Beyond Crossaints and Blue Cheese
Recently a friend and I had a critical debate whilst attending Lebo Mashile’s Threads at the Playhouse. It was (and still is) my position that as much as we are addicted to advertising campaign friendly slogans and words like ”diversity” and “unity”, there is still a greas degree of separatist elements in South Africa. And away from the race question not all of these are bad. I was specifically referring to the arts and that ever changing world of city subculture. My mate was somewhat surprised when I told him that despite the love I might have for some of my friends there are just some of them whom I cannot take to the theatre or an arts show. This sounds elitist I know. Am I afraid they might embarrass me? Hardly. Kaizer Cheifs losing twice to Orlando Pirates during the pre-season has made full use of my embarrassment quota for the year.
I would not rather take those friends of mine to the theatre for no other reason that they would not appreciate the work. As a critic I have always maintained that at the end of every performance I always clap, no matter how macabre or terrible the work was. This is because I appreciate the work, the effort and the creative strain it takes to start a work o fart. And I think that is perhaps the most distinguishing factor between “High Culture” and “Pop Culture”.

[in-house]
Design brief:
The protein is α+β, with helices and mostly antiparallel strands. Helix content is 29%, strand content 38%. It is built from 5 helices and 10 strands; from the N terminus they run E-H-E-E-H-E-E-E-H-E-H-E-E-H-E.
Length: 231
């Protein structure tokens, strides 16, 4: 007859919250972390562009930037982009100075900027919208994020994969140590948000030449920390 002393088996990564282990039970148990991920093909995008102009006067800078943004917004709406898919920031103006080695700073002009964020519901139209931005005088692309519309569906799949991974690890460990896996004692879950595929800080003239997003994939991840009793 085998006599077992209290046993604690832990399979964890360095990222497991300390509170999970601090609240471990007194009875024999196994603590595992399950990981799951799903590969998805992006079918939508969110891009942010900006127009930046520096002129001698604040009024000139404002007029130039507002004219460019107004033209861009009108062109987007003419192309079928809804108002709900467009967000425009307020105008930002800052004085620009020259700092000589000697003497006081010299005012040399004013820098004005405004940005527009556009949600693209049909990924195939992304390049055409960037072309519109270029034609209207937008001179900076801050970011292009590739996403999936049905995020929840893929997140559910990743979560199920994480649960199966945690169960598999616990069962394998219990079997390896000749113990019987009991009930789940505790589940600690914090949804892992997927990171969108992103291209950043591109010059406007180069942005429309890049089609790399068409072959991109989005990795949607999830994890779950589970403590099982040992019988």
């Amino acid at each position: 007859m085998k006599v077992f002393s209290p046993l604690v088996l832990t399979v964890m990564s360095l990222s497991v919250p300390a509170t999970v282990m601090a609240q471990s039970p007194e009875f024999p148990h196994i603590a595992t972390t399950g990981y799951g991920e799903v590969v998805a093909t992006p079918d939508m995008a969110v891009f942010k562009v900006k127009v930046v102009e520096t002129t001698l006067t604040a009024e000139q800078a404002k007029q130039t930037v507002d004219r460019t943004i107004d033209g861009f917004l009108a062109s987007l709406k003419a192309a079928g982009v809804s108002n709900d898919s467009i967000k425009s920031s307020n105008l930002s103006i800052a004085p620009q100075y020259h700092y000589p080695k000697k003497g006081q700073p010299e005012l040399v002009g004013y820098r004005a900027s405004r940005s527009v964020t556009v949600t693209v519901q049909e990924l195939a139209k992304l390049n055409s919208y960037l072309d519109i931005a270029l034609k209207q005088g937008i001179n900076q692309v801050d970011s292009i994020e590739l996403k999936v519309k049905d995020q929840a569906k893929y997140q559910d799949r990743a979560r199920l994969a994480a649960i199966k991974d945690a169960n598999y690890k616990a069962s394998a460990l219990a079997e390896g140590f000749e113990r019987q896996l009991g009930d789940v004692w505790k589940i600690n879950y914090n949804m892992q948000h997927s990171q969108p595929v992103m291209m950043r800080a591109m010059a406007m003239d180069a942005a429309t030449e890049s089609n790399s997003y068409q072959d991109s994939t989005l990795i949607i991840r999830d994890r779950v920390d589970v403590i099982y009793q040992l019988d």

Pop culture comes for a tradition of the veracious need to express and unfortunately that need is often overridden by an unmeasured disrespect. This is not to say that those who appreciate “High Culture” cannot subscribe to “Pop culture”, in fact the contrary remains true. Just last week at the opening night of the Jomba contemporary dance experience I saw more or less a lot of the same faces I saw when SUM41 was head banging at the Wavehouse.
The real divide between “High Culture” and “Pop Culture” is the same as the divide between a resident in Khutsong and man in Sandton. It is the issue of access. High cultured activities are more likely to get a platform and funding then pop cultured ones. This is despite the fact that Pop cultural activities are more likely to sell, because if their simple mass appeal. Some of you might not know what I am talking about, allow me to contribute evidence towards my point. Have you ever heard that the National arts Council is going to fund a rock concert? Or perhaps been forwarded some spam mail from your friends pontificating on how The State Theatre is going to host a workshop for Rappers. Certainly not.
Click HERE to read the rest of the article on the MindMap eZine.